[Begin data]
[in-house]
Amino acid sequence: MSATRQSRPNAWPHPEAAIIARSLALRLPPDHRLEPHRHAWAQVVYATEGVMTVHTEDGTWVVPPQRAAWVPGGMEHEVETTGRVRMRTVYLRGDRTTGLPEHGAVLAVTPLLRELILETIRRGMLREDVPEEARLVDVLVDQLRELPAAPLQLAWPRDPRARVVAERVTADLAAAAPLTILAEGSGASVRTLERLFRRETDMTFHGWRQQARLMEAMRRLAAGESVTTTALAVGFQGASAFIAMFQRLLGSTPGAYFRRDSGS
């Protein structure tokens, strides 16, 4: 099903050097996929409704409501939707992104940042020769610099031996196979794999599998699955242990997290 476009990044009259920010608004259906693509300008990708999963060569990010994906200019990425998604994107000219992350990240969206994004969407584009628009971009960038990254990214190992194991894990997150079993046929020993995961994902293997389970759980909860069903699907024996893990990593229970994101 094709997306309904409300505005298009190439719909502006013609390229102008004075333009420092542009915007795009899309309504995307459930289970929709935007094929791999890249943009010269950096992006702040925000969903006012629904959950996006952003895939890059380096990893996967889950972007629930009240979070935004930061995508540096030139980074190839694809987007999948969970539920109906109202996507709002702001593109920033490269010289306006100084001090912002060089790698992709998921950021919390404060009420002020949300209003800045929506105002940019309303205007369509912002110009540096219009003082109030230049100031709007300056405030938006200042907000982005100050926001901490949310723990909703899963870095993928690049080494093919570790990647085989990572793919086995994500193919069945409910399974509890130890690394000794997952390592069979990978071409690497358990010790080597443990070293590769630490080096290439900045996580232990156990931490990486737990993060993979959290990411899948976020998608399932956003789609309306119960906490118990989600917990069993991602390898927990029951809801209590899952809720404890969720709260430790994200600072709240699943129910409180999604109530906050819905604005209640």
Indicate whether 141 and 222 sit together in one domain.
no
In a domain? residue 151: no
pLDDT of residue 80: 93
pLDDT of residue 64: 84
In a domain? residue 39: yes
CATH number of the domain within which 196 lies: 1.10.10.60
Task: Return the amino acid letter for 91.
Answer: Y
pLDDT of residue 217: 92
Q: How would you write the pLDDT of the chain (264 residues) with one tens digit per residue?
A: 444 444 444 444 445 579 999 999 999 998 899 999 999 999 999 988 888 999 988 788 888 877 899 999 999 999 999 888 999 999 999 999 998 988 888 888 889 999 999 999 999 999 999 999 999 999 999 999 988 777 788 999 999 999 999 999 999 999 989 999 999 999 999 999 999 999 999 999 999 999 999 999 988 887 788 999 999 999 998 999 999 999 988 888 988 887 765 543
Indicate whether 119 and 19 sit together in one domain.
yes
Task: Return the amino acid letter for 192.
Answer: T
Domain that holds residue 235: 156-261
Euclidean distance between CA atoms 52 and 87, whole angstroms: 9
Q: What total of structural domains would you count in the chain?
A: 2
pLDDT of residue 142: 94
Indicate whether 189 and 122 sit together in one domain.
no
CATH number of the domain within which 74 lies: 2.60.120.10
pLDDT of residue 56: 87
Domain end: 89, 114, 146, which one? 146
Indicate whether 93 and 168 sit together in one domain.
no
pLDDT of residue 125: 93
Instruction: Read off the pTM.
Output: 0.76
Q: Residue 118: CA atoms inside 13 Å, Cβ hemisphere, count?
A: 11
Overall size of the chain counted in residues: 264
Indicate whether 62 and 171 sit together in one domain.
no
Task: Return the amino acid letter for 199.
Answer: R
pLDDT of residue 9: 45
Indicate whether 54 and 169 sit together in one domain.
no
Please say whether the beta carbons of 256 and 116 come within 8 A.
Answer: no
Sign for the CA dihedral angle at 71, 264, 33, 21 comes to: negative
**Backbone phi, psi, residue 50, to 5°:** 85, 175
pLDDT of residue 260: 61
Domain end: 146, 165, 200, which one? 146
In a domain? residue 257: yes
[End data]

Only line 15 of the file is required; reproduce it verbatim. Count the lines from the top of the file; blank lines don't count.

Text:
A: 444 444 444 444 445 579 999 999 999 998 899 999 999 999 999 988 888 999 988 788 888 877 899 999 999 999 999 888 999 999 999 999 998 988 888 888 889 999 999 999 999 999 999 999 999 999 999 999 988 777 788 999 999 999 999 999 999 999 989 999 999 999 999 999 999 999 999 999 999 999 999 999 988 887 788 999 999 999 998 999 999 999 988 888 988 887 765 543